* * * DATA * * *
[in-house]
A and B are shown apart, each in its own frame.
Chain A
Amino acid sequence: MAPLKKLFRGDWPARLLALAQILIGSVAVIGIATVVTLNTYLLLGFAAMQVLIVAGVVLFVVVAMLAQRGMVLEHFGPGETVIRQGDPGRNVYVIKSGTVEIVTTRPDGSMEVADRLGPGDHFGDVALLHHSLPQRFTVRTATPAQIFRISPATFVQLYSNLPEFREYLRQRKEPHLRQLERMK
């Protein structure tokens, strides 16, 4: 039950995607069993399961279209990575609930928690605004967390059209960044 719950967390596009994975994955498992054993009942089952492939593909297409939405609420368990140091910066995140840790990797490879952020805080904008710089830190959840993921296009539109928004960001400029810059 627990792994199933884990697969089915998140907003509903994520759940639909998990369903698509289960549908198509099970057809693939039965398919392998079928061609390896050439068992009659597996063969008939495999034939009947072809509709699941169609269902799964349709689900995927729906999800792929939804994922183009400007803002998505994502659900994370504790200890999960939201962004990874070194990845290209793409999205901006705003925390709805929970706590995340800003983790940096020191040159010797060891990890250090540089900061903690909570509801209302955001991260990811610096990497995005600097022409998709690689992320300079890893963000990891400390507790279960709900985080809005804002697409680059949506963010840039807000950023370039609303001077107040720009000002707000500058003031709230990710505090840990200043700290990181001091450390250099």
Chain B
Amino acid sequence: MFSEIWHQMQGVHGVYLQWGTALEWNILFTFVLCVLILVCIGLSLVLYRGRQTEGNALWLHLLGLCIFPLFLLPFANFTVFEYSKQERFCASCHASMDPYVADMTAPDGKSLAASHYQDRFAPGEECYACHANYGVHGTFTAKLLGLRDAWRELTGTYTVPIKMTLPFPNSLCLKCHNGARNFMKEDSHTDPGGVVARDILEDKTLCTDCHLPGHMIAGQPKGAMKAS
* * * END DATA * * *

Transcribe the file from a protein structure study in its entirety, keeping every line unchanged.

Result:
[in-house]
A and B are shown apart, each in its own frame.
Chain A
Amino acid sequence: MAPLKKLFRGDWPARLLALAQILIGSVAVIGIATVVTLNTYLLLGFAAMQVLIVAGVVLFVVVAMLAQRGMVLEHFGPGETVIRQGDPGRNVYVIKSGTVEIVTTRPDGSMEVADRLGPGDHFGDVALLHHSLPQRFTVRTATPAQIFRISPATFVQLYSNLPEFREYLRQRKEPHLRQLERMK
């Protein structure tokens, strides 16, 4: 039950995607069993399961279209990575609930928690605004967390059209960044 719950967390596009994975994955498992054993009942089952492939593909297409939405609420368990140091910066995140840790990797490879952020805080904008710089830190959840993921296009539109928004960001400029810059 627990792994199933884990697969089915998140907003509903994520759940639909998990369903698509289960549908198509099970057809693939039965398919392998079928061609390896050439068992009659597996063969008939495999034939009947072809509709699941169609269902799964349709689900995927729906999800792929939804994922183009400007803002998505994502659900994370504790200890999960939201962004990874070194990845290209793409999205901006705003925390709805929970706590995340800003983790940096020191040159010797060891990890250090540089900061903690909570509801209302955001991260990811610096990497995005600097022409998709690689992320300079890893963000990891400390507790279960709900985080809005804002697409680059949506963010840039807000950023370039609303001077107040720009000002707000500058003031709230990710505090840990200043700290990181001091450390250099």
Chain B
Amino acid sequence: MFSEIWHQMQGVHGVYLQWGTALEWNILFTFVLCVLILVCIGLSLVLYRGRQTEGNALWLHLLGLCIFPLFLLPFANFTVFEYSKQERFCASCHASMDPYVADMTAPDGKSLAASHYQDRFAPGEECYACHANYGVHGTFTAKLLGLRDAWRELTGTYTVPIKMTLPFPNSLCLKCHNGARNFMKEDSHTDPGGVVARDILEDKTLCTDCHLPGHMIAGQPKGAMKAS